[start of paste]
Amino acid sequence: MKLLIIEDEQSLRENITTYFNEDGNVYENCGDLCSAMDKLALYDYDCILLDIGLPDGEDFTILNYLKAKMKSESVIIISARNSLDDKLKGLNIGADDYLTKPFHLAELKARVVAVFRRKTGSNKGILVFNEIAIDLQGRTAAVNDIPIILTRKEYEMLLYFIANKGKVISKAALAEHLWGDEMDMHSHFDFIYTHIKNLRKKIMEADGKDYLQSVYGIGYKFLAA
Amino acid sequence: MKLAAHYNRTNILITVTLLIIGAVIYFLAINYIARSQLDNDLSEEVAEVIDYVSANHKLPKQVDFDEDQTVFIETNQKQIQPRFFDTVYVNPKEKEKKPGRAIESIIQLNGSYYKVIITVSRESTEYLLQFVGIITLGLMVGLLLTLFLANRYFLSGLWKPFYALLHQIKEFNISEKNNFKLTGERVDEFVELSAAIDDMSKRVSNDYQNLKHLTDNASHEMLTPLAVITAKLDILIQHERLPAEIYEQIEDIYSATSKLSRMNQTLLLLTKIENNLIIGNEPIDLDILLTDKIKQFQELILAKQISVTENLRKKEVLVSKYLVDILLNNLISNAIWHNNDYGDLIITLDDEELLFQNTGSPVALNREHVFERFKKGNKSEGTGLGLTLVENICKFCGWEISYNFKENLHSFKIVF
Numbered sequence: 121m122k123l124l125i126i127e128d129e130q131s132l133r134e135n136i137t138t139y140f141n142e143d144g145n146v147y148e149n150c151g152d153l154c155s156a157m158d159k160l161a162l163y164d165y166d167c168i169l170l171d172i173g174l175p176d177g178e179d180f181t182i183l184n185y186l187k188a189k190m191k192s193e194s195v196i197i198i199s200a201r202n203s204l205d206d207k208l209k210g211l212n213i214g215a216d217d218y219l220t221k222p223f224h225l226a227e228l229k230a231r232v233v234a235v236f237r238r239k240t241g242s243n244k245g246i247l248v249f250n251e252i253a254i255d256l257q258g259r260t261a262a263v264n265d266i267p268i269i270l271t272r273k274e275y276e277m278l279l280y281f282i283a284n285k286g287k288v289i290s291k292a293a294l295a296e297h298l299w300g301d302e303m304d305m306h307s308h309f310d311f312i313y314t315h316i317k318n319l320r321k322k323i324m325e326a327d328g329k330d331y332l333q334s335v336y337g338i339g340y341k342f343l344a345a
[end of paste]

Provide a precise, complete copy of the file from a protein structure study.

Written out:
Amino acid sequence: MKLLIIEDEQSLRENITTYFNEDGNVYENCGDLCSAMDKLALYDYDCILLDIGLPDGEDFTILNYLKAKMKSESVIIISARNSLDDKLKGLNIGADDYLTKPFHLAELKARVVAVFRRKTGSNKGILVFNEIAIDLQGRTAAVNDIPIILTRKEYEMLLYFIANKGKVISKAALAEHLWGDEMDMHSHFDFIYTHIKNLRKKIMEADGKDYLQSVYGIGYKFLAA
Amino acid sequence: MKLAAHYNRTNILITVTLLIIGAVIYFLAINYIARSQLDNDLSEEVAEVIDYVSANHKLPKQVDFDEDQTVFIETNQKQIQPRFFDTVYVNPKEKEKKPGRAIESIIQLNGSYYKVIITVSRESTEYLLQFVGIITLGLMVGLLLTLFLANRYFLSGLWKPFYALLHQIKEFNISEKNNFKLTGERVDEFVELSAAIDDMSKRVSNDYQNLKHLTDNASHEMLTPLAVITAKLDILIQHERLPAEIYEQIEDIYSATSKLSRMNQTLLLLTKIENNLIIGNEPIDLDILLTDKIKQFQELILAKQISVTENLRKKEVLVSKYLVDILLNNLISNAIWHNNDYGDLIITLDDEELLFQNTGSPVALNREHVFERFKKGNKSEGTGLGLTLVENICKFCGWEISYNFKENLHSFKIVF
Numbered sequence: 121m122k123l124l125i126i127e128d129e130q131s132l133r134e135n136i137t138t139y140f141n142e143d144g145n146v147y148e149n150c151g152d153l154c155s156a157m158d159k160l161a162l163y164d165y166d167c168i169l170l171d172i173g174l175p176d177g178e179d180f181t182i183l184n185y186l187k188a189k190m191k192s193e194s195v196i197i198i199s200a201r202n203s204l205d206d207k208l209k210g211l212n213i214g215a216d217d218y219l220t221k222p223f224h225l226a227e228l229k230a231r232v233v234a235v236f237r238r239k240t241g242s243n244k245g246i247l248v249f250n251e252i253a254i255d256l257q258g259r260t261a262a263v264n265d266i267p268i269i270l271t272r273k274e275y276e277m278l279l280y281f282i283a284n285k286g287k288v289i290s291k292a293a294l295a296e297h298l299w300g301d302e303m304d305m306h307s308h309f310d311f312i313y314t315h316i317k318n319l320r321k322k323i324m325e326a327d328g329k330d331y332l333q334s335v336y337g338i339g340y341k342f343l344a345a